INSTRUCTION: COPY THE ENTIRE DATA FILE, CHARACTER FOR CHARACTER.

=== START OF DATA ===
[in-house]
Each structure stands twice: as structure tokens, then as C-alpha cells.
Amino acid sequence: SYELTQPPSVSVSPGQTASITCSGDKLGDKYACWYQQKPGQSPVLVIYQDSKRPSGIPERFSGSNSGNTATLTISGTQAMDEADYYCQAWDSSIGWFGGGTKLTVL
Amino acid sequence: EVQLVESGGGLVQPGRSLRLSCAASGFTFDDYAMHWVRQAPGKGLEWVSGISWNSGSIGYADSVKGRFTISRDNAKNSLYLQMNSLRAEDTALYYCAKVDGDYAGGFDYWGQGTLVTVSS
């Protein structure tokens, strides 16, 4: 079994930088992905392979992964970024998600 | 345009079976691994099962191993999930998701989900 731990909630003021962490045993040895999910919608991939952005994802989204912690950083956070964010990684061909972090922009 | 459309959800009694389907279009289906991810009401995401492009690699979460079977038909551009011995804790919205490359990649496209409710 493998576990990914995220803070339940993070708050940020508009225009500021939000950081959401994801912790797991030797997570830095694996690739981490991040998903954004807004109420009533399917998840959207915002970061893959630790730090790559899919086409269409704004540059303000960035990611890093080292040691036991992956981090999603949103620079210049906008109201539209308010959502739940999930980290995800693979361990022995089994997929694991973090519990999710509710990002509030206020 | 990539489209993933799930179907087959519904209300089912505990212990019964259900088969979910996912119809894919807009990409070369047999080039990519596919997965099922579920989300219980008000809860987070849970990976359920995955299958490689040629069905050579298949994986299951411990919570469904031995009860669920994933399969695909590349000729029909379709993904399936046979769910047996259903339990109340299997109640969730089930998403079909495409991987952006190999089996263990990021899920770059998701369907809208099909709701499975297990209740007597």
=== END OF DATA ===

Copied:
[in-house]
Each structure stands twice: as structure tokens, then as C-alpha cells.
Amino acid sequence: SYELTQPPSVSVSPGQTASITCSGDKLGDKYACWYQQKPGQSPVLVIYQDSKRPSGIPERFSGSNSGNTATLTISGTQAMDEADYYCQAWDSSIGWFGGGTKLTVL
Amino acid sequence: EVQLVESGGGLVQPGRSLRLSCAASGFTFDDYAMHWVRQAPGKGLEWVSGISWNSGSIGYADSVKGRFTISRDNAKNSLYLQMNSLRAEDTALYYCAKVDGDYAGGFDYWGQGTLVTVSS
């Protein structure tokens, strides 16, 4: 079994930088992905392979992964970024998600 | 345009079976691994099962191993999930998701989900 731990909630003021962490045993040895999910919608991939952005994802989204912690950083956070964010990684061909972090922009 | 459309959800009694389907279009289906991810009401995401492009690699979460079977038909551009011995804790919205490359990649496209409710 493998576990990914995220803070339940993070708050940020508009225009500021939000950081959401994801912790797991030797997570830095694996690739981490991040998903954004807004109420009533399917998840959207915002970061893959630790730090790559899919086409269409704004540059303000960035990611890093080292040691036991992956981090999603949103620079210049906008109201539209308010959502739940999930980290995800693979361990022995089994997929694991973090519990999710509710990002509030206020 | 990539489209993933799930179907087959519904209300089912505990212990019964259900088969979910996912119809894919807009990409070369047999080039990519596919997965099922579920989300219980008000809860987070849970990976359920995955299958490689040629069905050579298949994986299951411990919570469904031995009860669920994933399969695909590349000729029909379709993904399936046979769910047996259903339990109340299997109640969730089930998403079909495409991987952006190999089996263990990021899920770059998701369907809208099909709701499975297990209740007597």